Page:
Confused by California marijuana tax receipts

California released some info about cannabis tax collections May 11, 2018. I can’t figure some of it out. Questions below.

UPDATE: Dale Gieringer of California NORML answers, pointing out that most medical cannabis is not tax exempt. The only tax exemption is for product sold to patients who have bothered to get cards. So the sales tax figure is high because it includes sales of lots of medical cannabis. Few adult use licenses have been issued.

Here’s the release, in italics:

Cannabis Tax Revenues Total $60.9 Million in First Quarter

Sacramento – The California Department of Tax and Fee Administration (CDTFA) today released revenue numbers for cannabis sales in the first quarter of 2018. Tax revenue from the cannabis industry totaled $60.9 million since January 1, 2018, which includes state cultivation, excise and sales taxes. It does not include local tax revenue collected by cities or counties.

In November 2016, California voters approved Proposition 64, the Control, Regulate and Tax Adult Use of Marijuana Act. Beginning on January 1, 2018, two new cannabis taxes went into effect: a cultivation tax on all harvested cannabis that enters the commercial market and a 15 percent excise tax on the purchase of cannabis and cannabis products. In addition, cannabis and cannabis products are subject to state and local sales tax at the time of retail sale.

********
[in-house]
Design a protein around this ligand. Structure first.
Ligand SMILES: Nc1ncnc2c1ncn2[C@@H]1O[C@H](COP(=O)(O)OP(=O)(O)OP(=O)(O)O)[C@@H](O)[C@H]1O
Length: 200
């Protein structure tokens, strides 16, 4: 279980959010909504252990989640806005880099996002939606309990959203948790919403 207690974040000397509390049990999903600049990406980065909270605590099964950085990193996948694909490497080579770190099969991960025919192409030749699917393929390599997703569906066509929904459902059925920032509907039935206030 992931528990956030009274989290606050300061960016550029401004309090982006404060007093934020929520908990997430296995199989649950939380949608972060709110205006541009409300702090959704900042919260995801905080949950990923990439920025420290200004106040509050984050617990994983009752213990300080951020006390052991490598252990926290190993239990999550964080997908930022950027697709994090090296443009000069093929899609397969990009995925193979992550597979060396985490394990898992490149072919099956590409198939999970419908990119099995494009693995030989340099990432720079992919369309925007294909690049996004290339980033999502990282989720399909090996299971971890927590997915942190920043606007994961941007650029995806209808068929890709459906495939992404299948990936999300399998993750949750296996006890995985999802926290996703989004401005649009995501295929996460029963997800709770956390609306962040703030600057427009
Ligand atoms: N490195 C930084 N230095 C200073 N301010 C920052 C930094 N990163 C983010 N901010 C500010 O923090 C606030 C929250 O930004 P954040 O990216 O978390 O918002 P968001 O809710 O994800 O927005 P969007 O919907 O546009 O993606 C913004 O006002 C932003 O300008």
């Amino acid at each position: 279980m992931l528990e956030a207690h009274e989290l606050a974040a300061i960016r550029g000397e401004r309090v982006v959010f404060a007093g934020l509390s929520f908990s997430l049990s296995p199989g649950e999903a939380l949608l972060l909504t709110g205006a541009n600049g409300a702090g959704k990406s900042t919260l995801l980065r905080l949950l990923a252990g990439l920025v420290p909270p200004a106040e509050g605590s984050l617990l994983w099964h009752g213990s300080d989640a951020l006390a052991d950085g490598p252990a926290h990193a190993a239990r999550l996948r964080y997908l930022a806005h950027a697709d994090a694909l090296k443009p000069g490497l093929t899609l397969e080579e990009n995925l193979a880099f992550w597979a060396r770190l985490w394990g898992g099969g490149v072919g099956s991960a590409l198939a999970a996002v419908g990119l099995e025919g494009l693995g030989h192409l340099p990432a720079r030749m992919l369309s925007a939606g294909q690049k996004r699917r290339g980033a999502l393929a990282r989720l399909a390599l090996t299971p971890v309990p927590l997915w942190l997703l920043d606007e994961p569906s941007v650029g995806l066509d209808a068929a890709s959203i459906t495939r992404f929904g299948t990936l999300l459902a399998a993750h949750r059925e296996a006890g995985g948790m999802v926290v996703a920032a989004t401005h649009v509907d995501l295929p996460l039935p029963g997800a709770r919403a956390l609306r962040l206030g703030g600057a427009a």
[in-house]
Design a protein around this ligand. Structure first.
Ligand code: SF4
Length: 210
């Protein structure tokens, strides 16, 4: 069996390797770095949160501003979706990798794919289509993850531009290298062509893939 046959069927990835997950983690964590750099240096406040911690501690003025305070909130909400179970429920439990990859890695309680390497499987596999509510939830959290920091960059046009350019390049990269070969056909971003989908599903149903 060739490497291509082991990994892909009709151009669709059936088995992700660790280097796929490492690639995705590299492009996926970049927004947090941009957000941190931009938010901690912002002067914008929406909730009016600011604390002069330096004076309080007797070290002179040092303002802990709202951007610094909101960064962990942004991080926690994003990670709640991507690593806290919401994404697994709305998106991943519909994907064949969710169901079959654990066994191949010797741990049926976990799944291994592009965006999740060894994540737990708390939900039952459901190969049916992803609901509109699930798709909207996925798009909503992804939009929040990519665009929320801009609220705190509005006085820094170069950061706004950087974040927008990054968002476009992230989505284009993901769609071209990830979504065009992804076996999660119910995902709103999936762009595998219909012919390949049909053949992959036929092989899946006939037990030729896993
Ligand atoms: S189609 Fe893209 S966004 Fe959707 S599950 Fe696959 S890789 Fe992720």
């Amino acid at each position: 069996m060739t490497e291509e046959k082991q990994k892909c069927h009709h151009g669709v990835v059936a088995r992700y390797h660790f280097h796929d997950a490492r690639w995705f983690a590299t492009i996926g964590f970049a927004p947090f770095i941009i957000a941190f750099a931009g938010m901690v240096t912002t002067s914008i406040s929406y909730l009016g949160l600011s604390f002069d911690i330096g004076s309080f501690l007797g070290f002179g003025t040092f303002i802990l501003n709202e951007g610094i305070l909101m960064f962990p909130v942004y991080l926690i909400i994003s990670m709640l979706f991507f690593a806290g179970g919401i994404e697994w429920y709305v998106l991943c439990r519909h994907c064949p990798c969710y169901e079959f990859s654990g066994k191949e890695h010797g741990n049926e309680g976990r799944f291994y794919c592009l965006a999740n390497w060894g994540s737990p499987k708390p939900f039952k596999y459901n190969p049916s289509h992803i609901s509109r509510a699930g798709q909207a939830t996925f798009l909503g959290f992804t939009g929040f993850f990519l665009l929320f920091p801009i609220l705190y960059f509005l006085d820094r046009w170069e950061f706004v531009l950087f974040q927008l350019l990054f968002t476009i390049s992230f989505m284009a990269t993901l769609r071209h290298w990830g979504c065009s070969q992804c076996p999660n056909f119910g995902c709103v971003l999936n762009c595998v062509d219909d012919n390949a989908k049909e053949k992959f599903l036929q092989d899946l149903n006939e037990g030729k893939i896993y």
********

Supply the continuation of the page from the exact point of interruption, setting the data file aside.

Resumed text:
California’s excise tax on cannabis generated $32 million in revenue for the first quarter of calendar year 2018. The cultivation tax generated $1.6 million, and the sales tax generated $27.3 million in revenue. Medicinal cannabis is exempt from sales tax if the purchaser holds a valid Medical Marijuana Identification card.


The California state-collected sales tax is 7.25 percent, with local taxes on top of that.

So why doesn’t amount collected from the 15 percent excise tax then more than double the amount collected from the 7.25 percent sales tax (15 divided by 7.25 is 2.07)? The sales tax does not apply to medical cannabis – so the 15 percent excise tax should exceed it by even more than a factor of 2.07. But the 15 percent excise tax brought it $32 million, versus $27.3 million for the sales tax.

One more question: Why did the producer tax bring in so little? I suppose that may come from the ability of taxpayers to defer payment.


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